oppn parties Child Rape: Death Penalty is Not the Answer

News Snippets

  • The Army conducts an operational alert exercise in eastern Ladakh
  • The IAF reopened the Vijaynagar advance landing ground, an airstrip in Arunachal Pradesh near the Chinese border
  • Amit Shah says he never sought to impose Hindi
  • Government bans the manufacture and sale of e-cigarettes in India
  • Mamata Banerjee seeks an appointment with Home Minister Amit Shah today
  • Bengal CM Mamata Banerjee meets PM Modi in what she later described as a government-to-government meeting
  • Supreme Court sets a deadline of October 18 for completing the hearings in the Ayodhya case
  • Pakistan rejects India's request for use of its airspace when PM Modi flies to the US later this week
  • Crude prices fall sharply as Saudi Arabia assures normal production in a few weeks. Prices fall by 5.4% to $65.30 per barrel
  • Sensex tumbles 700 points over fears that rising crude prices will deal a body blow to the tottering Indian economy
  • As Rajeev Kumar fails to appear before the CBI despite several notices, the agency forms a special team to locate and apprehend him
  • S Jaishankar says Pakistan is not a normal neighbour and its behaviour is a "set of aberrations"
  • External Affairs Minister S Jaishankar says PoK in Indian territory and the country hopes to have physical jurisdiction over it one day
  • Barasat Sessions court near Kolkata rejects Rajeev Kumar anticipatory bail application citing lack of jurisdiction as the reason
  • PM Modi celebrates his birthday with Narmada aarti and later has lunch with his mother.
Sunni Wakf Board and Nirvani Akhara write to the Supreme Court for a negotiated settlement to the Ayodhya dispute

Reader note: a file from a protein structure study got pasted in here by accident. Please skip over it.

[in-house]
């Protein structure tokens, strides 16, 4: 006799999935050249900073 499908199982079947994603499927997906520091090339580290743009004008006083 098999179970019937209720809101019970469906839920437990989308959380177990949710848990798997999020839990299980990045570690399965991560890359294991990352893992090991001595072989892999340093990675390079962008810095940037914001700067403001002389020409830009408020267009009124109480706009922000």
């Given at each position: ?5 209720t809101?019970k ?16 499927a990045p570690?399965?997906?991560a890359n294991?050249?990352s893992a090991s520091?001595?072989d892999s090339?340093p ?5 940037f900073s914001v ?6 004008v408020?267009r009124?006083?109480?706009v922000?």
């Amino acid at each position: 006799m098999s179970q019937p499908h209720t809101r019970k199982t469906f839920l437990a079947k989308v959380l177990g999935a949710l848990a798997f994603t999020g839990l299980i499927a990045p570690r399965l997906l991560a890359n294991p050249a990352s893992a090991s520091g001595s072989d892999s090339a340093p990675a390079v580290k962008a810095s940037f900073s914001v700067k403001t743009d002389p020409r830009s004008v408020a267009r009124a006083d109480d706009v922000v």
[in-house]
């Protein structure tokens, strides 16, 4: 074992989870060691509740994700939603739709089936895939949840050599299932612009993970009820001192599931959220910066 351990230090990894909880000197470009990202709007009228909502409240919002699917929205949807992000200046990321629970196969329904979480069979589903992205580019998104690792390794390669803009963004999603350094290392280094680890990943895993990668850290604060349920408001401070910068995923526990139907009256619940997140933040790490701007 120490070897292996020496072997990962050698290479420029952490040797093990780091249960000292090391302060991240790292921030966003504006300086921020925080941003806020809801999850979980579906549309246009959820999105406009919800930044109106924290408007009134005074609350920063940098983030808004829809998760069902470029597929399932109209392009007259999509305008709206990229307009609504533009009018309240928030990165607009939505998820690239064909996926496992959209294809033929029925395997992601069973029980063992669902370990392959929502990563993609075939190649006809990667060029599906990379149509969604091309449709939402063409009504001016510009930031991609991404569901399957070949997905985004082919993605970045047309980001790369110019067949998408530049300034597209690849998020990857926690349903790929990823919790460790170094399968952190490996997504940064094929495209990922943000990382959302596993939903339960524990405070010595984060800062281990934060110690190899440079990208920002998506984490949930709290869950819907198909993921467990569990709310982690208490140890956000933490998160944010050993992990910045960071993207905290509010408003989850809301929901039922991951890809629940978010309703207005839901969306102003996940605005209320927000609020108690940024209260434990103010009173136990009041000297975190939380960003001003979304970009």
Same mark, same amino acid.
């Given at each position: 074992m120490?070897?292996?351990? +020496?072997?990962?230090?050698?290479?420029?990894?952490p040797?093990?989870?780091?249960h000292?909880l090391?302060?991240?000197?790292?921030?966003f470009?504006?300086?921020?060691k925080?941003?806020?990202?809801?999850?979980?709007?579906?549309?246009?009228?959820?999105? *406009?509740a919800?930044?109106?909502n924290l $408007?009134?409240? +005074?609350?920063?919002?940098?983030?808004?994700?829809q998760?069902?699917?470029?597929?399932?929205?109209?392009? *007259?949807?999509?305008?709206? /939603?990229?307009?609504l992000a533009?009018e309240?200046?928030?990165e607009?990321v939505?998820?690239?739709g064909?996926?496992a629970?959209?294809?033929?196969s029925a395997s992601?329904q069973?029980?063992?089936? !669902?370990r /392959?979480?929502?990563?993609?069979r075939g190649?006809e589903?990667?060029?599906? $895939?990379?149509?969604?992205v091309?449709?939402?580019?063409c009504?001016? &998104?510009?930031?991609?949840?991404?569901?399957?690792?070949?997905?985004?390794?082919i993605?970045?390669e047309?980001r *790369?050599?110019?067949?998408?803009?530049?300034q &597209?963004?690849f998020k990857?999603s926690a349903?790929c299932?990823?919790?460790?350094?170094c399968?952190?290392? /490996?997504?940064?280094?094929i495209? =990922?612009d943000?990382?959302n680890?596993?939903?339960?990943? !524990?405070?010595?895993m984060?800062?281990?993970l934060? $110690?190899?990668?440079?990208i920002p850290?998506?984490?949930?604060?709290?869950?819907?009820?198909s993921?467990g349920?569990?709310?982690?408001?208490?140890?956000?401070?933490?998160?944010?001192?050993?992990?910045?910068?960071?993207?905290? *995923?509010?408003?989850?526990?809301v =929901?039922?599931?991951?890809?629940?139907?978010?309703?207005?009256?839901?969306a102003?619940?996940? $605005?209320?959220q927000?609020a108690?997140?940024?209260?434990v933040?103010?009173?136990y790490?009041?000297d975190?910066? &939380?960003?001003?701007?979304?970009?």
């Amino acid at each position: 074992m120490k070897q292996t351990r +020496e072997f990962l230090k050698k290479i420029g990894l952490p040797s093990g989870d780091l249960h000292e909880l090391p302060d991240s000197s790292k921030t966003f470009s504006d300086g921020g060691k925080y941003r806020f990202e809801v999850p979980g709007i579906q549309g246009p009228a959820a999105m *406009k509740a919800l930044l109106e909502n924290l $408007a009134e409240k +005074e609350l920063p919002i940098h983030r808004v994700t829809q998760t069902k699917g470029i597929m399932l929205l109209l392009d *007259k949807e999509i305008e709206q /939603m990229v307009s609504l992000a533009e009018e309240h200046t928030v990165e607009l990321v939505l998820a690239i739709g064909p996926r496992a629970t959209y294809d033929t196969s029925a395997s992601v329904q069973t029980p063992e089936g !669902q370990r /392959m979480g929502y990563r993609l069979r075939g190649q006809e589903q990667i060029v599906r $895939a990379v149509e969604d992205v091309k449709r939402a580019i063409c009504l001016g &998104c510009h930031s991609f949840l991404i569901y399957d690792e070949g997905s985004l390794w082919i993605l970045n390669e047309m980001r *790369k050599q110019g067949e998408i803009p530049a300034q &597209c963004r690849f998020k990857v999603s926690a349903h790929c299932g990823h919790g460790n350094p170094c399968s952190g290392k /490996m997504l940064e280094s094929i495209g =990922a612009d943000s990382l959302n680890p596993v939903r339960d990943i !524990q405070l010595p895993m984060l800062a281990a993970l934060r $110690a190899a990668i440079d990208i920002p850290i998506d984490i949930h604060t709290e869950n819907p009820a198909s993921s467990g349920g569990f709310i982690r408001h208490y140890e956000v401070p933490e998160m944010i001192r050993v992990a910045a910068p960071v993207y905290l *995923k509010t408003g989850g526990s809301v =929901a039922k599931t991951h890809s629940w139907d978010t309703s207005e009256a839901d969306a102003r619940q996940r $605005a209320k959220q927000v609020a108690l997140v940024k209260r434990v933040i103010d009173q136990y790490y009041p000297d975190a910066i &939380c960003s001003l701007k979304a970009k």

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Child Rape: Death Penalty is Not the Answer

By Sunil Garodia

About the Author

Sunil Garodia Editor-in-Chief of indiacommentary.com. Current Affairs analyst and political commentator. Writes for a number of publications.
The Centre’s decision to promulgate an ordinance prescribing the death penalty for rapists of children below 12 years is a decision meant to appease the public and is not based on sound legal policy. It is increasingly being recognized by legal experts and scholars that certainty, and not the severity, of the punishment acts as deterrent against crimes. But the government has made the punishment for raping a child equal to that of murder. It will act as an incentive for rapists to murder the victim and eliminate the risk of getting caught and punished.

The government should have instead acted to ensure certainty of apprehension and punishment by eliminating inefficiencies in investigation, plugging loopholes in existing laws and streamlining legal processes to ensure faster delivery of justice. There is an urgent need to sensitize people involved in these cases in any way. A standard and simplified investigation procedure must be laid down and the police officers must be told to be very careful in questioning the victim as children get confused after the trauma of sexual abuse. Doctors examining the victim must be told to follow specific procedures with a fine toothcomb and double-check everything as medical reports are the best loopholes used by defense lawyers to get their clients off the hook. Judges need to be told that cases must be decided fast and the victim must never be brought face to face with the accused as children get scared when confronted with the perpetrator. There must not be excessive questioning or cross examination of the child. On the other hand, it is a fact that most rapists of children are people known to them. Hence, parents need to be educated about tell tale signs of distress a child shows in the presence of particular relatives or friends. This could be done through schools by involving activists and psychologists.

If there is no certainty of punishment, crimes are not deterred. The death penalty exists in India for “the rarest of the rare crimes”. The Nirbhaya rape case was one such crime. Four accused in that case were ordered to be hanged till death and the sentence was finally upheld by the Supreme Court on May 5, 2017. Almost one year has passed but they are yet to be hanged. Where is the certainty of punishment? In absence of that, no deterrent – however draconian - is going to work.